Internet DRAFT - draft-allan-mpls-a-bit


 Internet Draft                                              David Allan
 Document: draft-allan-mpls-a-bit-00.txt                 Nortel Networks
 Category: Standards Track                                    April 2003

             The Case for the 'A' Bit in the MPLS and IP PID

 Status of this Memo

    This document is an Internet-Draft and is in full conformance with
    all provisions of Section 10 of RFC2026.

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 Copyright Notice

    Copyright(C) The Internet Society (2003). All Rights Reserved.


    This memo describes the underlying rationale for inclusion of the
    LSR alert bit in the proposed MPLS payload ID.

 Sub-IP ID Summary

    [to be removed when published]


    Fits in the MPLS, and PWE3.


    This draft addresses a number of issues associated with
    instrumenting/controlling MPLS LSPs and PWs in general.


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                        The Case for the 'A' Bit

 1. Introduction

    The internet draft [MPLSPID] had numerous commonalities with other
    proposals for an MPLS PID. All proposals include some well known
    value in the first nibble, and a means of identifying the protocol
    used in the subsequent payload. The only significant difference in
    the proposals is that [MPLSPID] includes an 'LSR alert' bit. This
    memo describes the underlying rationale for inclusion of the 'LSR
    alert' or 'A' bit.

 2. The 'A' bit mechanism

    The 'A' bit is provided as an alternative mechanism to the router
    alert reserved label [RFC3032]. Intermediate LSRs along an LSP that
    recognize the MPLS and IP PW payload ID must process the protocol
    PDU when the 'A' bit is set in the control word. The intent is to
    provide a hop-by-hop mechanism that is unaffected by deployed ECMP
    (which may impact fate sharing between RA labeled flows and the
    original LSP) and maximizes commonality of forwarding between hop-
    by-hop and normal LSP flows in the internal implementation of
    labeled payload handling.

    Specification of the 'A' bit would require that compliant LSRs check
    the MPLS top of stack label entry and if the 'S' bit is set, examine
    the first nybble of each packet. If it is the extended Payload CW,
    check the alert bit and if so, process the payload (which in most
    cases will also include subsequently forwarding the payload).

 3. Discussion

    There are aspects of the direction that proactive fault detection
    has taken that will introduce as many problems as are solved. This
    is an artifact of the currently available mechanisms for
    distinguishing fault detection messaging (discussed extensively in

    One specifically pathological mode of failure is misdirection of
    traffic as this is a defect NOT detected or recovered by means other
    than path specific testing. Misdirection of traffic is a prime
    motivation of MPLS OAM efforts [REQUIRE]. Unlike problems detected
    adjacent to the source of the fault such as link or node failures,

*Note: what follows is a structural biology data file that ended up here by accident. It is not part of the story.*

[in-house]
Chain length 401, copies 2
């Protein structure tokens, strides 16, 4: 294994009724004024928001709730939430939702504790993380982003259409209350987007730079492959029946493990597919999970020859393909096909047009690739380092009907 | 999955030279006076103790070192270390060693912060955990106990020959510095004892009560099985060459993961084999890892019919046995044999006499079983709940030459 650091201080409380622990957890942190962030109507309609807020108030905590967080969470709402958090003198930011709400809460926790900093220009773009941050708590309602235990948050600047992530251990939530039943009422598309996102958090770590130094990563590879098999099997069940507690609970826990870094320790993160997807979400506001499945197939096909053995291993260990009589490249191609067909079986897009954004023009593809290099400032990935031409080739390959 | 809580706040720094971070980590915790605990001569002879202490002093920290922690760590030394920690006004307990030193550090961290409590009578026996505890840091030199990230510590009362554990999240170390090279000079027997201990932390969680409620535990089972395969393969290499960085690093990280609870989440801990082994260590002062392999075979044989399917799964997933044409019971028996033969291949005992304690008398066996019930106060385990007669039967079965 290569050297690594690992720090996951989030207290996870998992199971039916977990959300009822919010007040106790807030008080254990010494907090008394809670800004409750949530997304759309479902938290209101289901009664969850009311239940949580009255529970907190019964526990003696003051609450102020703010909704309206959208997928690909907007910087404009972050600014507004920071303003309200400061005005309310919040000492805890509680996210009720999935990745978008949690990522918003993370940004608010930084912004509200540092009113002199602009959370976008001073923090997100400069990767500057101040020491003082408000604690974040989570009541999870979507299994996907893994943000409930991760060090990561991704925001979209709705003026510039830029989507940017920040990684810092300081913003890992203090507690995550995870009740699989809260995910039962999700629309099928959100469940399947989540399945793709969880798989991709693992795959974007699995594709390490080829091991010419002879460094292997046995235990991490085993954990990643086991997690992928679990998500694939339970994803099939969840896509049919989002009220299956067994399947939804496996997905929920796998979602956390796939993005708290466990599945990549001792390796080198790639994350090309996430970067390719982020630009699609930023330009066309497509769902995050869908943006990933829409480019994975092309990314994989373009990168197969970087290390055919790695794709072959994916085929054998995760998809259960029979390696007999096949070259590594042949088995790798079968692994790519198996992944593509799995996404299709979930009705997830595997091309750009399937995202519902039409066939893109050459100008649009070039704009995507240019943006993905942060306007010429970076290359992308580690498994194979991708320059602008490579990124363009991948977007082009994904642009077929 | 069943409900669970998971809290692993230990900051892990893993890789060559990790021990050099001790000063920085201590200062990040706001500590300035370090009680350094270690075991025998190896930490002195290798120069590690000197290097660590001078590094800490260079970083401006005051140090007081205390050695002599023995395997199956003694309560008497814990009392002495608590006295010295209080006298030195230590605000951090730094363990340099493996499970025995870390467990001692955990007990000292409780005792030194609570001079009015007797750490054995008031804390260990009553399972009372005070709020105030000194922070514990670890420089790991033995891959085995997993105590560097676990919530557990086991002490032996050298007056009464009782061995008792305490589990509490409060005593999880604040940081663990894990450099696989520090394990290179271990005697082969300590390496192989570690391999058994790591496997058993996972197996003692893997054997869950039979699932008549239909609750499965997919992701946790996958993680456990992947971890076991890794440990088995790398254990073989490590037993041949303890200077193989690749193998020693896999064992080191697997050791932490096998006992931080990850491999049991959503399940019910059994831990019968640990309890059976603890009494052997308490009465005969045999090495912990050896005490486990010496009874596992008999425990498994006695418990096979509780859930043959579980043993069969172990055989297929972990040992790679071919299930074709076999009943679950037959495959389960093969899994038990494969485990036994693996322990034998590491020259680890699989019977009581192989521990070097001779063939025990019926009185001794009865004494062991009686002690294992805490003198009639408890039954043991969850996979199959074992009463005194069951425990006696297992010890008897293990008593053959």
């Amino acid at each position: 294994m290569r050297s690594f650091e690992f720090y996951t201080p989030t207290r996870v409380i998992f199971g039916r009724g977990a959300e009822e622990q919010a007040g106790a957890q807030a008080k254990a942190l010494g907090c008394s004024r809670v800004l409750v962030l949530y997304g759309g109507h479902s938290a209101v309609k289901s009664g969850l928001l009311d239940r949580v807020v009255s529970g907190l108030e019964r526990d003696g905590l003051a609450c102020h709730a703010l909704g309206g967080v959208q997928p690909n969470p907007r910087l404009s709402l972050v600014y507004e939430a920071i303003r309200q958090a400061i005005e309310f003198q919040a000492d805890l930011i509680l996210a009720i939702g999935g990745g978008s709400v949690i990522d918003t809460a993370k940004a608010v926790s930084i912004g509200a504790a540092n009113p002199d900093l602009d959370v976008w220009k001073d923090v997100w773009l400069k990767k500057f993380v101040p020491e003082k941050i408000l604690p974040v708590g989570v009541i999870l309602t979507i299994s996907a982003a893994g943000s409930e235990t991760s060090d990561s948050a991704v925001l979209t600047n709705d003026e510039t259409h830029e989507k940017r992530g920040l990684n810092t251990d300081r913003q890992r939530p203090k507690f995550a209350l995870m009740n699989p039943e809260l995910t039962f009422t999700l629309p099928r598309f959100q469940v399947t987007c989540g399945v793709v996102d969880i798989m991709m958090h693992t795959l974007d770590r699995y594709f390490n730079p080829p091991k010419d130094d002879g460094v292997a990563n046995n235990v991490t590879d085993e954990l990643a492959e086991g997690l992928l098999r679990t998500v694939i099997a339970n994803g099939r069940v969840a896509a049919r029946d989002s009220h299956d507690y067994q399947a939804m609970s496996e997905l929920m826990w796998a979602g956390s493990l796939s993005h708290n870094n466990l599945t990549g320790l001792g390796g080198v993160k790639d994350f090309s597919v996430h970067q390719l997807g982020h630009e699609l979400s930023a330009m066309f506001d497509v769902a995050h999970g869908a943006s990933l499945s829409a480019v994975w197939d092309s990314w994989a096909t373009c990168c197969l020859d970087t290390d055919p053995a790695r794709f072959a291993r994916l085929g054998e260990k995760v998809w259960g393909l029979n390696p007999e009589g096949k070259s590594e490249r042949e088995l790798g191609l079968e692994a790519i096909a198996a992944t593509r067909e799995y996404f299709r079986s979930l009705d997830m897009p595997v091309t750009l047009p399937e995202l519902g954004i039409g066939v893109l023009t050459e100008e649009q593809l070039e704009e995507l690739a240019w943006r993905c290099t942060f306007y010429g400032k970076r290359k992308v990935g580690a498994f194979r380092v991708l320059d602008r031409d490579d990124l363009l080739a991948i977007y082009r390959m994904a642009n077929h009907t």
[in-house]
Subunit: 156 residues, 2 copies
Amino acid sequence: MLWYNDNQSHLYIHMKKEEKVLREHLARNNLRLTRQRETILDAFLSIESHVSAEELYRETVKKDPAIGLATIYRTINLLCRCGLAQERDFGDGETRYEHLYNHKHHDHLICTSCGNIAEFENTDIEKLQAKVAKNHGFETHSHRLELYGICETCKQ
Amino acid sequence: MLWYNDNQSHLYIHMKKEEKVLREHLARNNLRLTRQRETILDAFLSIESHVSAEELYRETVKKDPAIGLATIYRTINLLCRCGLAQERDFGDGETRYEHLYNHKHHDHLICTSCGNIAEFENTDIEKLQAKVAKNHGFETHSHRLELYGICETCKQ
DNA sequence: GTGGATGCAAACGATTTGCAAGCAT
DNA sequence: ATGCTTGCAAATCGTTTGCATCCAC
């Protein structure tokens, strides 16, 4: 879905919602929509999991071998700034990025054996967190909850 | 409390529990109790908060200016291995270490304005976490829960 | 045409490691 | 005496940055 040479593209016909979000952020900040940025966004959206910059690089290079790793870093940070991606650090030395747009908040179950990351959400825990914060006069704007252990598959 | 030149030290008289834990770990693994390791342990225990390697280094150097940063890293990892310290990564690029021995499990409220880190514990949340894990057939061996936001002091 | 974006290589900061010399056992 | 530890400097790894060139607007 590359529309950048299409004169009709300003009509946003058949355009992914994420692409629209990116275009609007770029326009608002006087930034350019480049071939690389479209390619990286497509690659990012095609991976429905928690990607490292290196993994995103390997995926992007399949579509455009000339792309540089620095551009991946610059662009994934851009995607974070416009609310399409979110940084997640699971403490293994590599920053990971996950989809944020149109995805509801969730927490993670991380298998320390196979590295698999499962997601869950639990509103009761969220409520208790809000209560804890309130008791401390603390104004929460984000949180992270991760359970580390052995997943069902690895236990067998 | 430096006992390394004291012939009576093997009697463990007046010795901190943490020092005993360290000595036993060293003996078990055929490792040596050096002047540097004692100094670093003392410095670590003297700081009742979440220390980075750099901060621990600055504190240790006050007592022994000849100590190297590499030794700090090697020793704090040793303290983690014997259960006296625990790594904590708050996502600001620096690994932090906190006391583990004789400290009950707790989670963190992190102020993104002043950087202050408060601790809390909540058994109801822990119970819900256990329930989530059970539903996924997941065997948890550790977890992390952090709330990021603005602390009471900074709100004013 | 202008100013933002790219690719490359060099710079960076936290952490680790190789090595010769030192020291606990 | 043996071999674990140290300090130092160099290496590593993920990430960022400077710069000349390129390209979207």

detection of misdirection via e2e probing will have no associated
    IGP notification that could act as a coordinating mechanism for how
    nodes remote to the problem respond.

    MP2P LSPs and label stacking mean that large numbers of LSP
    ingresses may be impacted by a problem with a single forwarding
    table entry. One option for detection of such problems is the use of
    LSP-PING [LSP-PING] proactively on some number of the potentially
    impacted LSPs. A defect in that table entry will misdirect all of
    the associated ping transactions. This will be reported to the ping
    originators which in some implementations this may result in the
    ping originators initiating traceroute, isolating the problem and

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                          The Case for the 'A' Bit

    alarming. The ping originators operate in an independent and
    unsynchronized manner so a defect may trigger a significant amount
    of redundant diagnostic traffic and alarms.

    Use of a one way transaction (either LSP-PING in 'do not reply' mode
    or the simpler FEC-CV [FEC-CV]) is a significant improvement as
    responsibility for handling the problem is pushed to a much reduced
    set of network elements. However this is still limited in recovery
    capability as the egress would only know it is some arbitrary number
    of hops downstream of the problem and would still need to take
    further action to isolate and recover from the problem. This would
    have security implications if it simply generated unsolicited fault
    notifications to untrusted peers some arbitrary number of hops
    across the network.

    When there are nested LSPs stacked on a misdirected LSP, the set of
    nested labels will also be misdirected. Some will not progress past
    the next LSR when there is no corresponding ILM but some number will
    collide with existing label values, and merge their traffic into
    existing LSPs. When combined with e2e testing even with an egress
    detection paradigm, this will result in a large number of LSRs in
    the network independently detecting a common failure.

    With that as the background, one conclusion we have come to is that
    misbranching detection is BEST performed hop by hop such that
    detection will frequently occur within one hop of the fault and
    prior to any significant fan out of misdirected nested LSPs. This
    minimizes the number of alarms associated with the fault, and may
    permit some misbranching faults to be automatically corrected.

 4. Current hop by hop Mechanisms